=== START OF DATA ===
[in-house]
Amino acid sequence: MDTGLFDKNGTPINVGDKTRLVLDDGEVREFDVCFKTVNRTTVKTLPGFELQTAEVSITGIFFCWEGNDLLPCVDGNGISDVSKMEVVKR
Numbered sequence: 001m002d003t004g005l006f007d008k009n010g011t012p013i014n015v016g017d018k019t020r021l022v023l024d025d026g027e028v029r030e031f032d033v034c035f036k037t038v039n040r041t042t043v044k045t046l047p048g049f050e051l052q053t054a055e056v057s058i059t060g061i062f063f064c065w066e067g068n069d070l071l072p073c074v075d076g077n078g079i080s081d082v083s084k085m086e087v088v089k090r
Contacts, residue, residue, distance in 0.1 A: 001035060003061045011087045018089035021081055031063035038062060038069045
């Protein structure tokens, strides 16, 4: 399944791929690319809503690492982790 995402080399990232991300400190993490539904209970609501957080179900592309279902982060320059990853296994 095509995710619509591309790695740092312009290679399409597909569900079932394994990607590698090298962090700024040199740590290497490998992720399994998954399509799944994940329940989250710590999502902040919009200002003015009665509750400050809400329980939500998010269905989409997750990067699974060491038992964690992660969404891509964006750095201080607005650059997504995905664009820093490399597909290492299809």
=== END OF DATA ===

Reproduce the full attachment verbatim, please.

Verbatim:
[in-house]
Amino acid sequence: MDTGLFDKNGTPINVGDKTRLVLDDGEVREFDVCFKTVNRTTVKTLPGFELQTAEVSITGIFFCWEGNDLLPCVDGNGISDVSKMEVVKR
Numbered sequence: 001m002d003t004g005l006f007d008k009n010g011t012p013i014n015v016g017d018k019t020r021l022v023l024d025d026g027e028v029r030e031f032d033v034c035f036k037t038v039n040r041t042t043v044k045t046l047p048g049f050e051l052q053t054a055e056v057s058i059t060g061i062f063f064c065w066e067g068n069d070l071l072p073c074v075d076g077n078g079i080s081d082v083s084k085m086e087v088v089k090r
Contacts, residue, residue, distance in 0.1 A: 001035060003061045011087045018089035021081055031063035038062060038069045
């Protein structure tokens, strides 16, 4: 399944791929690319809503690492982790 995402080399990232991300400190993490539904209970609501957080179900592309279902982060320059990853296994 095509995710619509591309790695740092312009290679399409597909569900079932394994990607590698090298962090700024040199740590290497490998992720399994998954399509799944994940329940989250710590999502902040919009200002003015009665509750400050809400329980939500998010269905989409997750990067699974060491038992964690992660969404891509964006750095201080607005650059997504995905664009820093490399597909290492299809």